Twenty-one artists have had their work appear on the Minnesota Pheasant Stamp; including Minnesotans such as Scott Storm, James Meger and the three Hautman brothers – James, Robert and Joseph.

Cost for the event is $40, and is limited to 250 attendees. The event begins with a social hour at 6 PM, followed by dinner at 7 PM and a program at 8 PM.

For tickets or more information about the event, contact Matt Holland, PF Senior Field Coordinator, at (320) 894-5391 or via email at mholland@pheasantsforever.org.

Shoreline alterations, aquatic plant removal may require permits
From the DNR

Lakeshore property owners should know that removing aquatic plants, treating nuisance algae, swimmer’s itch control, or altering the shoreline may require a permit from the Minnesota Department of Natural Resources (DNR).

DNR staff who issue permits for shoreline alteration or aquatic plant removal can help lakeshore owners avoid harming the lake or river near their home, said Steve Enger of the Division of Ecological Resources.

“We encourage shoreline property owners to keep alterations as small as possible and to follow DNR guidelines,” Enger said. “Changing the shoreline or improperly removing aquatic plants can seriously damage the lake in the long term.”

• Plant removal guidelines

Without a Permit: Cutting, pulling, raking or harvesting submerged vegetation, like pondweeds, watermilfoil or coontail in a small area for recreation are allowed.

- the cleared area may not exceed 2,500 square feet in size
- the cleared area may not extend more than 50 feet along your shore, or more than one half your frontage width, whichever is smaller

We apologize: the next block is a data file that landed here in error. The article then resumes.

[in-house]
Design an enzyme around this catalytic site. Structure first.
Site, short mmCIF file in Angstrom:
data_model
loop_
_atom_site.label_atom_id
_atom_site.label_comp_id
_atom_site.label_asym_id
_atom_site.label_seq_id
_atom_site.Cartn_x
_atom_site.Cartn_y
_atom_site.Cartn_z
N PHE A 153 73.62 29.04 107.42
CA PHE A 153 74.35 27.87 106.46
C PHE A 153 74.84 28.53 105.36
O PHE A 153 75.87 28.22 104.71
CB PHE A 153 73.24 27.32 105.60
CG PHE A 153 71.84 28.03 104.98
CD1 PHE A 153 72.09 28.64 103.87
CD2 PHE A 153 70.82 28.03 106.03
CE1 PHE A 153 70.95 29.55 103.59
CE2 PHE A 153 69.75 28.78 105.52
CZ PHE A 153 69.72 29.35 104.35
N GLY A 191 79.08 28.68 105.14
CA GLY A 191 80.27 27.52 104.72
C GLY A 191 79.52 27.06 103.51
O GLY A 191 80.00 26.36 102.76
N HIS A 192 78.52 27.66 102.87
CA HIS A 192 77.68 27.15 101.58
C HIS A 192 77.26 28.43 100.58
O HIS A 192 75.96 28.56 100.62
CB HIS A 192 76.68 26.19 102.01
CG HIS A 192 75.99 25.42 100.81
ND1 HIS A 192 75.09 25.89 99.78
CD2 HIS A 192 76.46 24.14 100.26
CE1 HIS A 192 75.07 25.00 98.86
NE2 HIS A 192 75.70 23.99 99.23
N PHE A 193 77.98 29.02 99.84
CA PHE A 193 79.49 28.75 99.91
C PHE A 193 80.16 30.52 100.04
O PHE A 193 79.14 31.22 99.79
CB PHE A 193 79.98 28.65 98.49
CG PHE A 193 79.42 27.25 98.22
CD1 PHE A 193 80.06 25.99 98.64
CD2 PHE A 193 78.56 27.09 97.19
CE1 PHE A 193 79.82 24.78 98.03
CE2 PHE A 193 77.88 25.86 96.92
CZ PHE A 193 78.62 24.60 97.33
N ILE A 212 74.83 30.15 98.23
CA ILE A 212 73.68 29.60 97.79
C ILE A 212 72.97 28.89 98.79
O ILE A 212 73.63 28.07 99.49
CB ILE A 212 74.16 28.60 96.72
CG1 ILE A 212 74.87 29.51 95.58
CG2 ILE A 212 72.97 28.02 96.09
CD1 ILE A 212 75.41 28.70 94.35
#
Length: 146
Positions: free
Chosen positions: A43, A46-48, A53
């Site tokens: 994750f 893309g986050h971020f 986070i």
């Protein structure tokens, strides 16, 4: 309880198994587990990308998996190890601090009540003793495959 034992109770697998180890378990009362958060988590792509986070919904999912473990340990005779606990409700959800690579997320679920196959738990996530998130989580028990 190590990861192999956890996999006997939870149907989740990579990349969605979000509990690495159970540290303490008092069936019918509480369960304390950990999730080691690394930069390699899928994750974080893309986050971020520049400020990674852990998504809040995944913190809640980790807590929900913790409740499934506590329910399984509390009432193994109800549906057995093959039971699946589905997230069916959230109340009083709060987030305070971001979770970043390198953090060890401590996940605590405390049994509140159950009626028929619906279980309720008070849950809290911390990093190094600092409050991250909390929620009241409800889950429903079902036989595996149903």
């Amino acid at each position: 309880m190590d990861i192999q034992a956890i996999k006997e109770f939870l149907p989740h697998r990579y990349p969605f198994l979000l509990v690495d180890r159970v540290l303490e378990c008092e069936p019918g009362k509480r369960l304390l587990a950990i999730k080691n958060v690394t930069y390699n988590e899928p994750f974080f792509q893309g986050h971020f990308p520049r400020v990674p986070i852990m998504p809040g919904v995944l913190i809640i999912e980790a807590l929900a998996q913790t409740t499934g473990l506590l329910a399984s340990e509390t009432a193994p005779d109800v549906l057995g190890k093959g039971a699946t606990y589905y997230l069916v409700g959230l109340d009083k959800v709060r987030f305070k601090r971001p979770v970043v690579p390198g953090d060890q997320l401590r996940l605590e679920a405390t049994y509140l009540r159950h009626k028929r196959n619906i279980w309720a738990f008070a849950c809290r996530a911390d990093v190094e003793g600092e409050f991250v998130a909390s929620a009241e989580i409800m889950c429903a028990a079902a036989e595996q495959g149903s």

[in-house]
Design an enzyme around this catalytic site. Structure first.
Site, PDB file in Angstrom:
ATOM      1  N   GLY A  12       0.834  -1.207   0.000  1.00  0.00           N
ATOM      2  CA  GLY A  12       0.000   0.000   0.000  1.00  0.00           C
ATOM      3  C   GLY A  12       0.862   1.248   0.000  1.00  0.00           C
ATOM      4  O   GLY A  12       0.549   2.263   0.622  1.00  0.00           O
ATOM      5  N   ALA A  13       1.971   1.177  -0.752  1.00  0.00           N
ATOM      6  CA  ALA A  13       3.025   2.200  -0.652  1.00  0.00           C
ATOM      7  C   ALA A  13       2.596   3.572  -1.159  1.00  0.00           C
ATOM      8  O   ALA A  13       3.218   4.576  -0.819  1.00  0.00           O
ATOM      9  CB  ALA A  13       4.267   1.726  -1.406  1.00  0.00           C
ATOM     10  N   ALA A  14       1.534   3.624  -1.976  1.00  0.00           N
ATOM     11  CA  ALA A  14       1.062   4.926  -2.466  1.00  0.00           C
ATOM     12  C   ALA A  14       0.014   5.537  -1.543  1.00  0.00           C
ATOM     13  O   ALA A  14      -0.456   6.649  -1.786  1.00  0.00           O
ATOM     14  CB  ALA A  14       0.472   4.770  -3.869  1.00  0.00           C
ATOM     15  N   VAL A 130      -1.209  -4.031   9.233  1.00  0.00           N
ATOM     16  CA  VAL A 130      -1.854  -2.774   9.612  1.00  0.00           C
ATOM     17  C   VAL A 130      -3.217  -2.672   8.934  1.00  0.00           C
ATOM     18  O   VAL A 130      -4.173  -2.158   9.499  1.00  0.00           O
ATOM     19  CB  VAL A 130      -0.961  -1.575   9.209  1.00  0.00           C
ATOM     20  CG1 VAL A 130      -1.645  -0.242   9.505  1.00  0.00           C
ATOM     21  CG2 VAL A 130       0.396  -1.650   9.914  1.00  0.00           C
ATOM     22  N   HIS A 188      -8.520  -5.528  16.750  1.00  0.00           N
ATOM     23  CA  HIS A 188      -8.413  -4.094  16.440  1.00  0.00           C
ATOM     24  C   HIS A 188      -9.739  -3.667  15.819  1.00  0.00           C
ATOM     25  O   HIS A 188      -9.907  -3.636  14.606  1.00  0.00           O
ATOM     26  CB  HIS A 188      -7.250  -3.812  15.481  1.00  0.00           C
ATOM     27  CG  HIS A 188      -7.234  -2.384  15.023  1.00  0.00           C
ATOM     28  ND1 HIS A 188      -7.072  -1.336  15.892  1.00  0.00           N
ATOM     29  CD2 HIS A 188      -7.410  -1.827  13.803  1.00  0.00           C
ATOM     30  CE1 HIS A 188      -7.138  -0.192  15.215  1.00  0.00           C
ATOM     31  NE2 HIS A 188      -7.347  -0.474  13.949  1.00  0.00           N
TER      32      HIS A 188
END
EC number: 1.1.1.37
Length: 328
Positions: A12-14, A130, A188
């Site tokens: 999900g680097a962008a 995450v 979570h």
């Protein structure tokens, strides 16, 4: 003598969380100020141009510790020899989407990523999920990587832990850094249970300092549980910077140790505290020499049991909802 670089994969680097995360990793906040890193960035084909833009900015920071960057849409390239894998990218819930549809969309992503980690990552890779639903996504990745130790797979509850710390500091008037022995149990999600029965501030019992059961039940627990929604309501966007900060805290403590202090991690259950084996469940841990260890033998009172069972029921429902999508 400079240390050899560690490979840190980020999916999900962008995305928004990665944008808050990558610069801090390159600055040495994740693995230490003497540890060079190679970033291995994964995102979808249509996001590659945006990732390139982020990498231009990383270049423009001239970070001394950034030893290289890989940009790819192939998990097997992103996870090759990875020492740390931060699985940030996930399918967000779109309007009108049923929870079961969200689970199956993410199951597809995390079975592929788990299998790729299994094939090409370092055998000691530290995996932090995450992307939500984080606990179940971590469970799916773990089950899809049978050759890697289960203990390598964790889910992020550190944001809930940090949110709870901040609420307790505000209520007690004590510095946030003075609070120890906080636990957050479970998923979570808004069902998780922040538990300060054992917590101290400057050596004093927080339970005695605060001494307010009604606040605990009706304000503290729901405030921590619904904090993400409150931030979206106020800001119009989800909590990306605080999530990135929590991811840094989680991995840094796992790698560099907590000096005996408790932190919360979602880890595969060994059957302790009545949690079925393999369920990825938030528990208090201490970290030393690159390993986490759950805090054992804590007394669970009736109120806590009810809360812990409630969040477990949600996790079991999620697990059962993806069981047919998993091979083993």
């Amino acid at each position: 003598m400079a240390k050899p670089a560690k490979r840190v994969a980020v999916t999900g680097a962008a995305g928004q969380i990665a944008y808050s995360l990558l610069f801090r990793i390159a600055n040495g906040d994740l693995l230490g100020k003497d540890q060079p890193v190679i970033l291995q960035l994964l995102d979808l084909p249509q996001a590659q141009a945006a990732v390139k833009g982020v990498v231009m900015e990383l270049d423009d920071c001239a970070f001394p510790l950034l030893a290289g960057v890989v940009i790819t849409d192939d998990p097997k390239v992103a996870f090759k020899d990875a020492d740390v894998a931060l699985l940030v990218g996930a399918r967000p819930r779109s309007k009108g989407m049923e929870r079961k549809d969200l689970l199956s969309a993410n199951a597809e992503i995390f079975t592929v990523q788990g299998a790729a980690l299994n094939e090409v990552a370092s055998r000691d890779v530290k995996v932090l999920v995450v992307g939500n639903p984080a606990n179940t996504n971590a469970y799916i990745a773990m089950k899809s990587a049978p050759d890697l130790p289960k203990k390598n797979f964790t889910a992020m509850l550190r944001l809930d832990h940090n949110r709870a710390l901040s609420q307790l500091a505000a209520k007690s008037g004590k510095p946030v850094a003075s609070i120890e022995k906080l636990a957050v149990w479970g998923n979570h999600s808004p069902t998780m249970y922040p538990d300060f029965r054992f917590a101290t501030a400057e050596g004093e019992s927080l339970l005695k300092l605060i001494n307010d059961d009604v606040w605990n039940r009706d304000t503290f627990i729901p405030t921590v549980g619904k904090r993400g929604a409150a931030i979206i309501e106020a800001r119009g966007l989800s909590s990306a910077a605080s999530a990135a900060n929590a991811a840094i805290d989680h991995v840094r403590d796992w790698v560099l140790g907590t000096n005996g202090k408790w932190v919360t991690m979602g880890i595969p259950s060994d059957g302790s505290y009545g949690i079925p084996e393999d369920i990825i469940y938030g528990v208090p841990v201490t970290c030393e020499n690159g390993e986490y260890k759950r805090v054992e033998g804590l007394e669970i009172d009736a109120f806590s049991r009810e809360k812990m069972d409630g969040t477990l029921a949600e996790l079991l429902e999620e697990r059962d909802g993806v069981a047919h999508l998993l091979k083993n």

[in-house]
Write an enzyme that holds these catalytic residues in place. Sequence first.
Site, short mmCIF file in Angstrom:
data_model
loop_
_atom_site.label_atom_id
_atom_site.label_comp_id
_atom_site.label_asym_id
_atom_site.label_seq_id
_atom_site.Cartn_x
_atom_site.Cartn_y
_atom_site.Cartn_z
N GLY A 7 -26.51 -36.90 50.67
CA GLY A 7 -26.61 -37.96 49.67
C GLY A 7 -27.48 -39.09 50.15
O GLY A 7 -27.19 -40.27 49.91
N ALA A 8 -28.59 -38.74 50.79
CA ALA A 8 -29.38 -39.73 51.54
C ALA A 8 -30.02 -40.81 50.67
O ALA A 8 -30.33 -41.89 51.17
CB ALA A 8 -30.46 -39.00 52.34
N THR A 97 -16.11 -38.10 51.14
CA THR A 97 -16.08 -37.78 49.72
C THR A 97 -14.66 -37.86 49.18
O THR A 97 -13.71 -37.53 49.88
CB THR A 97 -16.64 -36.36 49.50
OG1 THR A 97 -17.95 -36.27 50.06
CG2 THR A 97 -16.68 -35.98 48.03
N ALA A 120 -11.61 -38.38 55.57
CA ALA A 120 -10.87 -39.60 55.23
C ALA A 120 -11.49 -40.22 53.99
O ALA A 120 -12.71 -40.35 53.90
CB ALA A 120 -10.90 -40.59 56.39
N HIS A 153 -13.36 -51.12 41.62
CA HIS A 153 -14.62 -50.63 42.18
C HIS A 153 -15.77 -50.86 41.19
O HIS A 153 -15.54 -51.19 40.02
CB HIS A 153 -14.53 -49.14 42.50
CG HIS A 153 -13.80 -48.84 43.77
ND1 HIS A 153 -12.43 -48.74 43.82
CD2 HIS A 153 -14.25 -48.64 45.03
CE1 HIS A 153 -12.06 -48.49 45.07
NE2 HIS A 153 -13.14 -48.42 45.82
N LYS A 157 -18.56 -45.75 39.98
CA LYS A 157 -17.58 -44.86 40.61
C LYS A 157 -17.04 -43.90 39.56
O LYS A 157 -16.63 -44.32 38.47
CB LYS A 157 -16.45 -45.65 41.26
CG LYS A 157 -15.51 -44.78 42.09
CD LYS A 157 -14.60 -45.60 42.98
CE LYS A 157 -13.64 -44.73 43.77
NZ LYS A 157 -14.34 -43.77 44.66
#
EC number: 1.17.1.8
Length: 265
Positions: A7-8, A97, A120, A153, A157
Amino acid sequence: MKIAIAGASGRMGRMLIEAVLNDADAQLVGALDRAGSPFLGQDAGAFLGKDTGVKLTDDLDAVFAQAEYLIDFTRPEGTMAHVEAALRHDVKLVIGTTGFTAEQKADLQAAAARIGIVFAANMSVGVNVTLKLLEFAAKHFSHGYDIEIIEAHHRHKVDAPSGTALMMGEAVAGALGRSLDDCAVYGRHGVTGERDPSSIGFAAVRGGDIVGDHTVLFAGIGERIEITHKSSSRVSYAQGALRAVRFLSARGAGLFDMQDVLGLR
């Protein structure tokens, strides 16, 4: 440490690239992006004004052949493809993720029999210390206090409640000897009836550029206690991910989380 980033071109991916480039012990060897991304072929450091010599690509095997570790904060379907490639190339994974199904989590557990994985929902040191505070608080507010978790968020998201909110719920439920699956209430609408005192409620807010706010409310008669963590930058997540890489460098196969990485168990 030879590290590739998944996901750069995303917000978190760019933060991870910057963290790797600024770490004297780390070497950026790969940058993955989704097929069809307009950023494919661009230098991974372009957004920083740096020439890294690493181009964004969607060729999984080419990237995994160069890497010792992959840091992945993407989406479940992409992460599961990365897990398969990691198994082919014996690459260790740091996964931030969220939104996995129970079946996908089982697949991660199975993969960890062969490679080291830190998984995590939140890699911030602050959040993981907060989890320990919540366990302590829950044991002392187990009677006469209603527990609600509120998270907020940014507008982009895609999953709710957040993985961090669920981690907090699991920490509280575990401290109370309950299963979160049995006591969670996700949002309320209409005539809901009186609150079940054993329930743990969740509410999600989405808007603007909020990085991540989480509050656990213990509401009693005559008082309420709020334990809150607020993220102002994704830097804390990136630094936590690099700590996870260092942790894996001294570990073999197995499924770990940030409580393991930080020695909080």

- if the cleared area does not reach open water, a 15-foot wide channel to open water may be added - the vegetation must be removed from the water.

Without a Permit: Cutting, pulling, raking or harvesting floating-leaf vegetation, like water lilies, to create a channel to open water for recreation are allowed.

- the cleared channel is not more than 15 feet wide and goes straight to open water
- the cleared channel must remain in the same place from year to year
- the vegetation must be removed from the water.

Aquatic plant management ($35 per property for a one-year permit) are needed if people are planning to:

- use herbicides or algicides
- remove emergent vegetation, like bulrush, cattails or wild rice
- installing or operating an automated plant control device (such as the Crary WeedRoller, Beachgroomer or Lake Sweeper)
- remove floating leaf vegetation in an area larger than 15 feet wide (see above)
- control submerged vegetation in an area larger than 2,500 square feet or wider than 50 feet (see above)
- remove or relocate a bog of any size.